“Follow your blocks! You have to follow her and read her backside! Make the correct cut!” In a small gym at the Minneapolis American Indian Center, Coach Heather Baker tosses a football to the next woman in line. “All right, you’re up. Let’s go!” Lisa Bastien cradles the ball tightly under her right arm and takes off.
Wait, back up… what? Women? Are they playing football? Indeed they are, and have been for quite awhile. You can, too, ladies. I did.
Women’s tackle football has quietly been around for well over fifteen years. Since I’ve made it my mission to shed light on worthwhile teams to play for in the Lavender community, there was no better place for me to begin than with the team from which I recently retired, the Minnesota Machine.
Why retired, you ask? Well, it may have something to do with a certain fiancé informing me that if I played throughout wedding planning, there might not be a wedding to plan. Or not, I don’t know.
Anyway, four years ago, a recent Minneapolis transplant, I discovered the Machine, and being a football fanatic, joined, in the hopes it would give me a chance to meet people – or girls. Sure enough, there were other lesbians, because, um… football, but there was also camaraderie, and beer buddies, and a chance to compete in a sport I’d been denied my entire life.
I should point out that this league is not the LFL, or Lingerie Football League, ahem, now Legends Football League (not fooling anybody), though interestingly enough there are four former LFL players on the Machine roster, including Bastien.
Bastien previously played with the Machine, though having the body for the LFL, gave the MN Valkyrie two seasons, until luring three other players back to “real” football along with her.
At Monday’s Machine practice, I hand over my football pads to Alicia Marchioni, one of the former lingerie league players. These special issue women’s pads are designed to specifically protect the areas the LFL was interested in “highlighting.” This, with other reasons, is why Bastien, who’ll be playing running back, says she wouldn’t return to her former team.
“I wouldn’t play for the LFL again due to the lack of safety for the players and lack of respect for the women by the league commissioner and his staff.”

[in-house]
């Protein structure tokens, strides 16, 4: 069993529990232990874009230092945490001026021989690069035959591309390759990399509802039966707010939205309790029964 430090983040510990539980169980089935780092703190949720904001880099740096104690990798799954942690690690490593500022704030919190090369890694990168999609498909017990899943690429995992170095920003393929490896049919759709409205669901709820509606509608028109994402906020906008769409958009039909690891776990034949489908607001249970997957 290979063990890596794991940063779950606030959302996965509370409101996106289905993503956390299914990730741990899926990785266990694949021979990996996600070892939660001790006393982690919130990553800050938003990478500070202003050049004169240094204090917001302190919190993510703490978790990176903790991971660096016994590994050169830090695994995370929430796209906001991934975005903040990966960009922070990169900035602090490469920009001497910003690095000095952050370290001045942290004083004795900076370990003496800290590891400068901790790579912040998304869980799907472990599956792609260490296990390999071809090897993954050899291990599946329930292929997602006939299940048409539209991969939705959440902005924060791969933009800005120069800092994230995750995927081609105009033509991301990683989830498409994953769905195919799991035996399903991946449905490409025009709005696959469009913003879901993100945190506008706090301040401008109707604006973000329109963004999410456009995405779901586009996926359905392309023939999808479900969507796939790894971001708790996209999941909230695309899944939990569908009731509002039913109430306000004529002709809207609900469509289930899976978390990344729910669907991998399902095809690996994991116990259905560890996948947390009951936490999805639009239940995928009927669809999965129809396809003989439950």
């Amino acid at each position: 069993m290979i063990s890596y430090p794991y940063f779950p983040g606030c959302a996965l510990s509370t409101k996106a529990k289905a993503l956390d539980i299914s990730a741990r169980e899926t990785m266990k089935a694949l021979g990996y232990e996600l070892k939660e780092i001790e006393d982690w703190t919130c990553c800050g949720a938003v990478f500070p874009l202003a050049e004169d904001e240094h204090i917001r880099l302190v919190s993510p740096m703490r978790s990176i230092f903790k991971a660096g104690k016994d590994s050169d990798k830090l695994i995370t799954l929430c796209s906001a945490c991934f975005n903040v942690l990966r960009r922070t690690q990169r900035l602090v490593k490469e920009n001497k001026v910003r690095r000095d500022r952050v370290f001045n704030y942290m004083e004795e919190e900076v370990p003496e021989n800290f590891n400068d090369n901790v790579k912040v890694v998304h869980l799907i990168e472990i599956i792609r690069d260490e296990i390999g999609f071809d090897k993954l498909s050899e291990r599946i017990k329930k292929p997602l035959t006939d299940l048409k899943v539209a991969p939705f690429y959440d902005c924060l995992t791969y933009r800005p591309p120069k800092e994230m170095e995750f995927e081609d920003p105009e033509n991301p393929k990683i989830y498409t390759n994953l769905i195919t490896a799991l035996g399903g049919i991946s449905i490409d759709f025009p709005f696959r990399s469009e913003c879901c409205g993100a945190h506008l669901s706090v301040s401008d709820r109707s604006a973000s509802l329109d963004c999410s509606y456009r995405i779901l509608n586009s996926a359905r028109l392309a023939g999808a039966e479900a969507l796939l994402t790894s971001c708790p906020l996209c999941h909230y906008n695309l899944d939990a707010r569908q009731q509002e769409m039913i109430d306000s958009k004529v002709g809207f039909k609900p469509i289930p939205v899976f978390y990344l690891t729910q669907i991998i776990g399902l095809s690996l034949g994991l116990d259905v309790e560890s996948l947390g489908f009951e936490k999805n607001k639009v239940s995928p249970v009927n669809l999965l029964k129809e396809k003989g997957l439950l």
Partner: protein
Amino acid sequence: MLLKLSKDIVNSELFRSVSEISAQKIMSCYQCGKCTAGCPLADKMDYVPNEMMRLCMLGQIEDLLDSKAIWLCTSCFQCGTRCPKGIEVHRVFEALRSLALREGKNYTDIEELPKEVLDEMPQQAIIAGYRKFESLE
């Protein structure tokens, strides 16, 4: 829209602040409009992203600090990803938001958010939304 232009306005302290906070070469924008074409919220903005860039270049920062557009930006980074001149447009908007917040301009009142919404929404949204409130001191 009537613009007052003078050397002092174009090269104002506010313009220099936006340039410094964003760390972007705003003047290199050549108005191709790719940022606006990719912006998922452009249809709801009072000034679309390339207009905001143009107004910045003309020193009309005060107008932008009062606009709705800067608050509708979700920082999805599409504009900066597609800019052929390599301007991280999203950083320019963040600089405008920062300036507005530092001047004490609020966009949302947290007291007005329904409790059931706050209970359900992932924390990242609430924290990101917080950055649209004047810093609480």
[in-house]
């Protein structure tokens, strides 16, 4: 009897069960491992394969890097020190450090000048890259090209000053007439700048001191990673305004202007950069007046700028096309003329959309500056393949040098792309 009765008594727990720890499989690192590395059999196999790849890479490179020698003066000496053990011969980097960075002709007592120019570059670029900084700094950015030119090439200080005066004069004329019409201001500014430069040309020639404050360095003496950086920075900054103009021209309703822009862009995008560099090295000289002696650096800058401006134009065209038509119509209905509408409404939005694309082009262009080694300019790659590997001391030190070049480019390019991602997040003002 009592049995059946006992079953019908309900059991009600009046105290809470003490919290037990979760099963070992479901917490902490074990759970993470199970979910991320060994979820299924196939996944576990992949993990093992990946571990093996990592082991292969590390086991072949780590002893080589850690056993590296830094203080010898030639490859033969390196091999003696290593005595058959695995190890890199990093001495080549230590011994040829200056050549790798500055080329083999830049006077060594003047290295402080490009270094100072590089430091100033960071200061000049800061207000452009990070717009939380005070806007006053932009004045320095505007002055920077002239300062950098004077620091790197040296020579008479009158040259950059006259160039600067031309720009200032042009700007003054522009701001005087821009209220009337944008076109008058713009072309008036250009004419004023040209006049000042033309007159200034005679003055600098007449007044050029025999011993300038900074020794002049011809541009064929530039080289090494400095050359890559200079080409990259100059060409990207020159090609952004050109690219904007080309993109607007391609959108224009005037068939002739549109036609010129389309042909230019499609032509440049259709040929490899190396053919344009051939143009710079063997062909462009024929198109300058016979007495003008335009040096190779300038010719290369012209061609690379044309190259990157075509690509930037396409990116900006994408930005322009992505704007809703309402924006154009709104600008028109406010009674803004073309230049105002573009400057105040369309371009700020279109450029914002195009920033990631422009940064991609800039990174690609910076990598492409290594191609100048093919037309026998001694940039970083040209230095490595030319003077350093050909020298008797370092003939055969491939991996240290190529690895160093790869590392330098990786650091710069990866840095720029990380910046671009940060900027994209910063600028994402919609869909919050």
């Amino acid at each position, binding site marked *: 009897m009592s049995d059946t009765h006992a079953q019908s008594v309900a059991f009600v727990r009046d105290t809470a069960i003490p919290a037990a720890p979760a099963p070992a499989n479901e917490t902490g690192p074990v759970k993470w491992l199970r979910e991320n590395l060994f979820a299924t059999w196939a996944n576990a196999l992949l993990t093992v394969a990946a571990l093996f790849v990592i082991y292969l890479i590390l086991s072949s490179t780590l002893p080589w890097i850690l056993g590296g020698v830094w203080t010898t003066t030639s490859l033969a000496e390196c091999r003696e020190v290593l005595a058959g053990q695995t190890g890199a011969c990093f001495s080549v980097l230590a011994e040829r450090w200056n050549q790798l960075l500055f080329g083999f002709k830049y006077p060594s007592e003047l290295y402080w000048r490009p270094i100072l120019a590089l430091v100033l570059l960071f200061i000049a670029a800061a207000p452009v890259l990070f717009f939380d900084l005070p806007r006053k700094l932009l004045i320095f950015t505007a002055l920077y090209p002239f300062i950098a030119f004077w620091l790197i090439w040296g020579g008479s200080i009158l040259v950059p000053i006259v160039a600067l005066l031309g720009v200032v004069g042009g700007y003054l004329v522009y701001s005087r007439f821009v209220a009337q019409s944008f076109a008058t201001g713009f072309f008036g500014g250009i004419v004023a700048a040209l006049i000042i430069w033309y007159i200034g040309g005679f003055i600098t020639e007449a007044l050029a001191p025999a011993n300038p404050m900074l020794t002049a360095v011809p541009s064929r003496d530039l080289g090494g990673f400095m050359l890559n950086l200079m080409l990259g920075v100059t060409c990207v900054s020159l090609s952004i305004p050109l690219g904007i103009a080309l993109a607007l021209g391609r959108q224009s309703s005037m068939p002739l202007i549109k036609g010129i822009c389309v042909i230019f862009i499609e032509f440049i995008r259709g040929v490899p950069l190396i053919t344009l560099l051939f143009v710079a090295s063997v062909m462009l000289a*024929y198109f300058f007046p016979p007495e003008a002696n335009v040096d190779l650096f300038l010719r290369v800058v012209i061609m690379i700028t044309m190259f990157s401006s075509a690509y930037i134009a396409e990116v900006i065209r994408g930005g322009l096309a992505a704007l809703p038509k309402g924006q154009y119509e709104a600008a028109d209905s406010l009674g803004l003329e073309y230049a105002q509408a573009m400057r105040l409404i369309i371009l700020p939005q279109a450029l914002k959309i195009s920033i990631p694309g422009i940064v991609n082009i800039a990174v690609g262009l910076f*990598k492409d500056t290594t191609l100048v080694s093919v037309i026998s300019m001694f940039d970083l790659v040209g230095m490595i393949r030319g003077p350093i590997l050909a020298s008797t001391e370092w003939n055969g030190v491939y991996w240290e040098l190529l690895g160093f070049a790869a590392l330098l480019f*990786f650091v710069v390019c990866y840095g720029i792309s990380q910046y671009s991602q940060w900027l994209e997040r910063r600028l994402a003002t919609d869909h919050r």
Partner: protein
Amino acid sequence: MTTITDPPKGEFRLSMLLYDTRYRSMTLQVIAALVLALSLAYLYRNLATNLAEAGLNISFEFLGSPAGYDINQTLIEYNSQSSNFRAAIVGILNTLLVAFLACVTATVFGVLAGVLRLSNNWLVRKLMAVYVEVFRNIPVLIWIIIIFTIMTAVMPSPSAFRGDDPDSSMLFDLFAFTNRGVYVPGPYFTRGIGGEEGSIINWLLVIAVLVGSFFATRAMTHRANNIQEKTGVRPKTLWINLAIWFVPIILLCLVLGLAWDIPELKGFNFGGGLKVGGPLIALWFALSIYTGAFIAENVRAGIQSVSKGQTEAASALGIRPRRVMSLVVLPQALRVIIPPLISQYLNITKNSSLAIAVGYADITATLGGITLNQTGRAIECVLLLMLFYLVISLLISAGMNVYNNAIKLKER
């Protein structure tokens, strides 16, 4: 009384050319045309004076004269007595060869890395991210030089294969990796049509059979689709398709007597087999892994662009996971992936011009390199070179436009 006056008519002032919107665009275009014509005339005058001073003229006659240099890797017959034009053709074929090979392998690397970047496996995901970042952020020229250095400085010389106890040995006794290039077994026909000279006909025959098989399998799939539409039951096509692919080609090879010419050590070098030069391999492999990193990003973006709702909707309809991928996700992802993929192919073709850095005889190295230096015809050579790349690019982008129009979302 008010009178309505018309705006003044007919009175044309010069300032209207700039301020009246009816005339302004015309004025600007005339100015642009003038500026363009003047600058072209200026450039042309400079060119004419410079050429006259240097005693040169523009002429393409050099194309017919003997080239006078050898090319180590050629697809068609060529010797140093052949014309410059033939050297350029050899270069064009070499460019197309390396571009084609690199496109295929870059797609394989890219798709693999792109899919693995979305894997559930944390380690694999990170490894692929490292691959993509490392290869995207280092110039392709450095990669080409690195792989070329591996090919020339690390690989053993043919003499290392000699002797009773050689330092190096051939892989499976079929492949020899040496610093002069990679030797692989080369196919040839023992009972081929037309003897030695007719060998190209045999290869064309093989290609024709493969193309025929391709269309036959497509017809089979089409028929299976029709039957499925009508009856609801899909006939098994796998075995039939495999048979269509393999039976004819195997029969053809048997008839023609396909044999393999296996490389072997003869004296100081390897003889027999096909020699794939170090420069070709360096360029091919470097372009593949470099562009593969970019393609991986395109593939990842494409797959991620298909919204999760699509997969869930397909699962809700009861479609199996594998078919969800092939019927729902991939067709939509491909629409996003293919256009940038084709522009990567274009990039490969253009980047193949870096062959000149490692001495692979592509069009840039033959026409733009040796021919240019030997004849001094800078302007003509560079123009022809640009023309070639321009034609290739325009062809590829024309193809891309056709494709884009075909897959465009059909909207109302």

In a separate corner of the gym, Coach Sarah Bishop leads a group through a drill, where two women at a time are facing off against one another.
“Drive, drive, drive, drive… finish, finish, finish, FINISH!”
A couple bodies hit the ground, and there’s applause, and encouragement. Coaches Bishop and Baker, along with Coach Samantha Belcourt are all former women’s football players themselves and former teammates of mine, who have transitioned into coaching. The team being coached by women is a first.
After practice, I take a minute and ask Coach Baker about her experience as a coach in the league she’s been a part of practically since its inception. As a player, she played 10 seasons of football, in three different leagues, and for two different teams. She also had the honor of being selected for the WFA (Women’s Football Alliance – a 64 team national league) All-American team as an Offensive Line(wo)man. Twice.
“We were able to re-invent the way football was coached to us women. We as coaches know women are capable of more than football schemes designed for grade school boys.”
Being coached by women who’ve played seems to be much appreciated and respected by the players. As Kelly Gillispie says, “The coaching style is what I’m really excited about and believe the team is really thriving from. Practices are very structured, focused – get in and work hard till the whistle blows. They expect you to learn your assignment and we still have fun doing it. Having coaches who’ve played in this league and can relate as you continue to learn, in my opinion is a HUGE asset.”
But, should women really be playing football? It’s a “guy’s sport” – isn’t it a threat to femininity? That isn’t how the players see it. Alicia Marchioni opines, “Many NFL players have taken ballet to improve their grace, fluidity and footwork on the field. No one questions the masculinity of these men. My playing football makes me no less feminine.” The sentiment is echoed by numerous others.
Indeed, women of all types, professions and ages are playing football. The Machine roster currently has players from ages 19-40, LGBT and not, made up of realtors, policewomen, hairdressers, business owners, project managers, students and moms, among others. They’ve just begun their practices and are gearing up for games beginning in April. Find them on Facebook if you’re interested in a new and life-changing experience. The one thing they all have in common? A desire to better themselves and compete at a high level.
Coach Baker is determined. “I am very impressed by the athleticism of the women this year. I don’t remember a more physically gifted group of football players in all my years playing or coaching. We want to win. And we do that by raising the bar for the expectations – we want these women to be aggressive, knowledgeable, and well-rounded football players.”
Leaving practice, I can’t resist. I ask Lisa Bastien the all-important question. “So, what underwear are you wearing this season?” My fiancé shoots me a faux dirty look. Bastien laughs and replies, “I don’t wear underwear. I’m wearing compression shorts with built-in football pads for protection.”
This is not a gimmick. These women are athletes first, and last, and they’re ready to prove it.